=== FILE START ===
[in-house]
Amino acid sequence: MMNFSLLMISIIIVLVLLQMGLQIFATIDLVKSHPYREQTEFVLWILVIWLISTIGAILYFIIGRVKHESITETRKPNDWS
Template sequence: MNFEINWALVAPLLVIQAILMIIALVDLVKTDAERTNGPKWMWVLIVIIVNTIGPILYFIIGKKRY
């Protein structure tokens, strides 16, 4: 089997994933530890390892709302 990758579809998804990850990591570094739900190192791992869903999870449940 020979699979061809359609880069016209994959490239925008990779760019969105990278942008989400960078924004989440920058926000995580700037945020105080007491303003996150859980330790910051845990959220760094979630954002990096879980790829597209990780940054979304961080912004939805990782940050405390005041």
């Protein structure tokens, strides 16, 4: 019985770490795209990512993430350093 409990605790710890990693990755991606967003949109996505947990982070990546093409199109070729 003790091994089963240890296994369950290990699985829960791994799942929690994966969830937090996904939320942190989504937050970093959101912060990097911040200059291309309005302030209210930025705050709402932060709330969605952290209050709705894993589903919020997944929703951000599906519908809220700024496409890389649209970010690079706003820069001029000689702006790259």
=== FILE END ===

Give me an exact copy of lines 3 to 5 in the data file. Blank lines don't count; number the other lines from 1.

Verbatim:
Template sequence: MNFEINWALVAPLLVIQAILMIIALVDLVKTDAERTNGPKWMWVLIVIIVNTIGPILYFIIGKKRY
């Protein structure tokens, strides 16, 4: 089997994933530890390892709302 990758579809998804990850990591570094739900190192791992869903999870449940 020979699979061809359609880069016209994959490239925008990779760019969105990278942008989400960078924004989440920058926000995580700037945020105080007491303003996150859980330790910051845990959220760094979630954002990096879980790829597209990780940054979304961080912004939805990782940050405390005041």
């Protein structure tokens, strides 16, 4: 019985770490795209990512993430350093 409990605790710890990693990755991606967003949109996505947990982070990546093409199109070729 003790091994089963240890296994369950290990699985829960791994799942929690994966969830937090996904939320942190989504937050970093959101912060990097911040200059291309309005302030209210930025705050709402932060709330969605952290209050709705894993589903919020997944929703951000599906519908809220700024496409890389649209970010690079706003820069001029000689702006790259």